Quanergy's Mini Solid-State LiDAR has just been unveiled to the market, and it is a peek into the future.

For those of you who don't know what LiDAR is, it is a technology for using lasers to scan a surface and create a 3-dimensional model. It's much more precise than stereoscopic methods, and until recently only used in very specific industrial and military applications. That's in part because until recently the only LiDAR sensors available were large and expensive.

A scanner in your pocket, in your car, or on your drone

But that is changing.  Velodyne's Puck-Lite came out earlier this year weighing around 500g and putting LiDAR well within the operating parameters of most commercial drones.  Quanergy's new sensor is solid state, weighs in at 100g, is also aimed at drones, and should be available some time next year (Velodyne, Continental, and others also offer solid-state LiDAR aimed at the autonomous vehicle market). Terabee even has a teeny-tiny LiDAR suitable for home robotics projects.

Clearly, where this is heading is ever lighter and ever smaller LiDAR sensors that will increasingly be found on commercial drones and self-driving cars.  But now that the size and weight of these things is already comparable to an iPad Mini -- and shrinking -- it won't be long before we begin to see them used in all kinds of 3D scanning applications, including robotics and even hand-held devices.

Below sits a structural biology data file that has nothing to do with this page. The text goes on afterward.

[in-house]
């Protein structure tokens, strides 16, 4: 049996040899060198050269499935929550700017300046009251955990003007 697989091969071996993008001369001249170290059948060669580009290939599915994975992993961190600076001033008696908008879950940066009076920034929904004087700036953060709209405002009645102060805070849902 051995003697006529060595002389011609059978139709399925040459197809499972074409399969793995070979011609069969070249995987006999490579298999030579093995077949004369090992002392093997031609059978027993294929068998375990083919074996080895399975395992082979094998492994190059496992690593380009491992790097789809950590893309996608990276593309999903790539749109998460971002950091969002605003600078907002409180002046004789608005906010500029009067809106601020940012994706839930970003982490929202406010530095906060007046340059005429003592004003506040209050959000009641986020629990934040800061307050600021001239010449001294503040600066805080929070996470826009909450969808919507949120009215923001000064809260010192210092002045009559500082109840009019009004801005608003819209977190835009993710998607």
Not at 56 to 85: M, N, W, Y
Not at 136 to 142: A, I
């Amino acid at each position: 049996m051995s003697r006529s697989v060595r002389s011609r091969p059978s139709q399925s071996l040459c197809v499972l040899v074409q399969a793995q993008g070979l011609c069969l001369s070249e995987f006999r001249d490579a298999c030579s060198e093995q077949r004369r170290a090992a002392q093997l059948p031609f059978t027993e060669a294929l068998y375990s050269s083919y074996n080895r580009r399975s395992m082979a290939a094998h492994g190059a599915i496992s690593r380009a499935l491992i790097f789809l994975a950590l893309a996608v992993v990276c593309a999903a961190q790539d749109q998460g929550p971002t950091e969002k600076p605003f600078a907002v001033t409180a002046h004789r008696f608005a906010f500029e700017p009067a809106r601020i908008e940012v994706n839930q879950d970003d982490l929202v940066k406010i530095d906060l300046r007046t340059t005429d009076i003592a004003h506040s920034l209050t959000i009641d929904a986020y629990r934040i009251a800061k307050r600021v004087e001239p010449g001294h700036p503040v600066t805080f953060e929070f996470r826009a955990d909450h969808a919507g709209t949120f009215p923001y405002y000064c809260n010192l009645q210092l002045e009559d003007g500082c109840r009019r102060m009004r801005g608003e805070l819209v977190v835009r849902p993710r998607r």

LiDAR enables better AI

At Reality AI, we're particularly excited about widespread adoption of LiDAR technology.   In the drone space our AI tools are already working with LiDAR signals combined with images collected from commercial UAVs to automate a variety of mapping and surveying tasks, identifying surfaces and spotting surface discontinuities.  ("That flat spot over there is poured concrete, and there's a crack in it."  Or, "on this job site we have 7 different materials stockpiles, which collectively contain 5000 cu meters of sand and 1200 cu meters of gravel."  Or, "this part of the crops have been damaged by disease."  Or, "is there any deep rust or corrosion on this equipment.")    We can do it without LiDAR -- photogrammetry remains a perfectly valid way to generate 3D surfaces from imagery.  But LiDAR gives very rich texture information that our AI algorithms can exploit to good effect.

3D scanning everywhere... coming soon

Just wait until we can get that same kind of rich texture data from other surfaces scanned by LiDAR. Buildings and terrain scanned by drones... Roads and roadsides scanned by autonomous vehicles... Indoor and outdoor environments scanned by robots trying to navigate their surroundings.... Scans of rooms and objects by people using portable devices... Much of the world around us will be scanned and available for processing and interpretation. Every device we use will be aware of the 3D world around us - shapes, surfaces, and textures; what its made from, whether its slippery, whether there are flaws. 

So much more to come!